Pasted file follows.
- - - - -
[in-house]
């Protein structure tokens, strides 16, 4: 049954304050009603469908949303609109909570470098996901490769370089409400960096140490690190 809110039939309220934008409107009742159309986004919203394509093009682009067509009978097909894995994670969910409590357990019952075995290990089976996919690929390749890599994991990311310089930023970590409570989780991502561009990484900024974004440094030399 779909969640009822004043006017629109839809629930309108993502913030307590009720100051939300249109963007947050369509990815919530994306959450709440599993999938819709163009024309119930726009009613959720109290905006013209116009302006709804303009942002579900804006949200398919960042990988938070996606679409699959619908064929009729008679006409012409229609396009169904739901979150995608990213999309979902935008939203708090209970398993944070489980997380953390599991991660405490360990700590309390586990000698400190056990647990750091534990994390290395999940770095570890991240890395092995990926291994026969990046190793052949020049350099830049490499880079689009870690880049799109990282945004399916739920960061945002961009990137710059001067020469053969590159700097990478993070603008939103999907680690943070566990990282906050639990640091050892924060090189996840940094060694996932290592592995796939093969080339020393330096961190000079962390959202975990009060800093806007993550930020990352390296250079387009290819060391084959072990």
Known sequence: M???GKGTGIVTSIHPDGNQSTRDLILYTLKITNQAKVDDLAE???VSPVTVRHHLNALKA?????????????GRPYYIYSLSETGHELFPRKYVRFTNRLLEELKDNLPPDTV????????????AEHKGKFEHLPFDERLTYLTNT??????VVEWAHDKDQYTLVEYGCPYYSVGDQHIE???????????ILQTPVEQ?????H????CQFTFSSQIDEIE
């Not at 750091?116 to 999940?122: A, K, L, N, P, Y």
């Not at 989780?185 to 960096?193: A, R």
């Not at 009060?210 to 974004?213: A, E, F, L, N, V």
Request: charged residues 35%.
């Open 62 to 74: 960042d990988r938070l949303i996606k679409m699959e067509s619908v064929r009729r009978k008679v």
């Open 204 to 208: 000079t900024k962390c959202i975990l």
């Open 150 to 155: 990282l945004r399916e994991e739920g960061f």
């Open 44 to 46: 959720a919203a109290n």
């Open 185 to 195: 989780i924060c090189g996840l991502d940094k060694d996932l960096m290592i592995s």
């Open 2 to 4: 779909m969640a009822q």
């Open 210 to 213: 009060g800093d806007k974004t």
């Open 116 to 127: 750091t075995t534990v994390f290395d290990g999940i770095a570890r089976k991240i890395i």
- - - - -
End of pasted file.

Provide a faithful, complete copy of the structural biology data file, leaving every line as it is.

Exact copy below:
[in-house]
């Protein structure tokens, strides 16, 4: 049954304050009603469908949303609109909570470098996901490769370089409400960096140490690190 809110039939309220934008409107009742159309986004919203394509093009682009067509009978097909894995994670969910409590357990019952075995290990089976996919690929390749890599994991990311310089930023970590409570989780991502561009990484900024974004440094030399 779909969640009822004043006017629109839809629930309108993502913030307590009720100051939300249109963007947050369509990815919530994306959450709440599993999938819709163009024309119930726009009613959720109290905006013209116009302006709804303009942002579900804006949200398919960042990988938070996606679409699959619908064929009729008679006409012409229609396009169904739901979150995608990213999309979902935008939203708090209970398993944070489980997380953390599991991660405490360990700590309390586990000698400190056990647990750091534990994390290395999940770095570890991240890395092995990926291994026969990046190793052949020049350099830049490499880079689009870690880049799109990282945004399916739920960061945002961009990137710059001067020469053969590159700097990478993070603008939103999907680690943070566990990282906050639990640091050892924060090189996840940094060694996932290592592995796939093969080339020393330096961190000079962390959202975990009060800093806007993550930020990352390296250079387009290819060391084959072990």
Known sequence: M???GKGTGIVTSIHPDGNQSTRDLILYTLKITNQAKVDDLAE???VSPVTVRHHLNALKA?????????????GRPYYIYSLSETGHELFPRKYVRFTNRLLEELKDNLPPDTV????????????AEHKGKFEHLPFDERLTYLTNT??????VVEWAHDKDQYTLVEYGCPYYSVGDQHIE???????????ILQTPVEQ?????H????CQFTFSSQIDEIE
């Not at 750091?116 to 999940?122: A, K, L, N, P, Y």
């Not at 989780?185 to 960096?193: A, R």
């Not at 009060?210 to 974004?213: A, E, F, L, N, V």
Request: charged residues 35%.
């Open 62 to 74: 960042d990988r938070l949303i996606k679409m699959e067509s619908v064929r009729r009978k008679v």
């Open 204 to 208: 000079t900024k962390c959202i975990l």
């Open 150 to 155: 990282l945004r399916e994991e739920g960061f």
């Open 44 to 46: 959720a919203a109290n």
């Open 185 to 195: 989780i924060c090189g996840l991502d940094k060694d996932l960096m290592i592995s």
């Open 2 to 4: 779909m969640a009822q």
């Open 210 to 213: 009060g800093d806007k974004t």
């Open 116 to 127: 750091t075995t534990v994390f290395d290990g999940i770095a570890r089976k991240i890395i």